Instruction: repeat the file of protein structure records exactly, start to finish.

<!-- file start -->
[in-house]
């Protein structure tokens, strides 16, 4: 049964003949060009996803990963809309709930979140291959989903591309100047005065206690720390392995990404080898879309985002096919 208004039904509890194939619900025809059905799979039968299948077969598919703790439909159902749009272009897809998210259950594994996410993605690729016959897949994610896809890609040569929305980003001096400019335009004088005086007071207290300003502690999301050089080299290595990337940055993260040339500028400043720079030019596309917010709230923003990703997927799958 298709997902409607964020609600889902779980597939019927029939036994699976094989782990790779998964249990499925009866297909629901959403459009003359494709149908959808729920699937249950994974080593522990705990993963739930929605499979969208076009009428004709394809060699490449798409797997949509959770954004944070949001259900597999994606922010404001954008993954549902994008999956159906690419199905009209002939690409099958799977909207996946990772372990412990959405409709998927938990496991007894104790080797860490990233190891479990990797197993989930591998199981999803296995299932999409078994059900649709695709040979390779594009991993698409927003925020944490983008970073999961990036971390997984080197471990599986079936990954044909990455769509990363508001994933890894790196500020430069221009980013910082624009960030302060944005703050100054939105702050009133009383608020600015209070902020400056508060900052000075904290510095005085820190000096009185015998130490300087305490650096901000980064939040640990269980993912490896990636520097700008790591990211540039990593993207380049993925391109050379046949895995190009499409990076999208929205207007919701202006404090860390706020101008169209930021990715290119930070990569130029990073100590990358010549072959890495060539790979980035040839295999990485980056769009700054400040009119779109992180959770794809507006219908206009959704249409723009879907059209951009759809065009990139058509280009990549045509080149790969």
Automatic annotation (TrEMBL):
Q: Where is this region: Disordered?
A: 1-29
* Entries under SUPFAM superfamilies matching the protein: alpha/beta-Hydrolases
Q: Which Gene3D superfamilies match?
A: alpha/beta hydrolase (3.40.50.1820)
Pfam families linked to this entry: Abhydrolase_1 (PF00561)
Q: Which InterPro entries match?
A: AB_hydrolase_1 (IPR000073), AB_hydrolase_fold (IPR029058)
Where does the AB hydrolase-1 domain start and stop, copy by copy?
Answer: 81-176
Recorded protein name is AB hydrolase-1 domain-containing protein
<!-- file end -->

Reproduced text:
[in-house]
């Protein structure tokens, strides 16, 4: 049964003949060009996803990963809309709930979140291959989903591309100047005065206690720390392995990404080898879309985002096919 208004039904509890194939619900025809059905799979039968299948077969598919703790439909159902749009272009897809998210259950594994996410993605690729016959897949994610896809890609040569929305980003001096400019335009004088005086007071207290300003502690999301050089080299290595990337940055993260040339500028400043720079030019596309917010709230923003990703997927799958 298709997902409607964020609600889902779980597939019927029939036994699976094989782990790779998964249990499925009866297909629901959403459009003359494709149908959808729920699937249950994974080593522990705990993963739930929605499979969208076009009428004709394809060699490449798409797997949509959770954004944070949001259900597999994606922010404001954008993954549902994008999956159906690419199905009209002939690409099958799977909207996946990772372990412990959405409709998927938990496991007894104790080797860490990233190891479990990797197993989930591998199981999803296995299932999409078994059900649709695709040979390779594009991993698409927003925020944490983008970073999961990036971390997984080197471990599986079936990954044909990455769509990363508001994933890894790196500020430069221009980013910082624009960030302060944005703050100054939105702050009133009383608020600015209070902020400056508060900052000075904290510095005085820190000096009185015998130490300087305490650096901000980064939040640990269980993912490896990636520097700008790591990211540039990593993207380049993925391109050379046949895995190009499409990076999208929205207007919701202006404090860390706020101008169209930021990715290119930070990569130029990073100590990358010549072959890495060539790979980035040839295999990485980056769009700054400040009119779109992180959770794809507006219908206009959704249409723009879907059209951009759809065009990139058509280009990549045509080149790969």
Automatic annotation (TrEMBL):
Q: Where is this region: Disordered?
A: 1-29
* Entries under SUPFAM superfamilies matching the protein: alpha/beta-Hydrolases
Q: Which Gene3D superfamilies match?
A: alpha/beta hydrolase (3.40.50.1820)
Pfam families linked to this entry: Abhydrolase_1 (PF00561)
Q: Which InterPro entries match?
A: AB_hydrolase_1 (IPR000073), AB_hydrolase_fold (IPR029058)
Where does the AB hydrolase-1 domain start and stop, copy by copy?
Answer: 81-176
Recorded protein name is AB hydrolase-1 domain-containing protein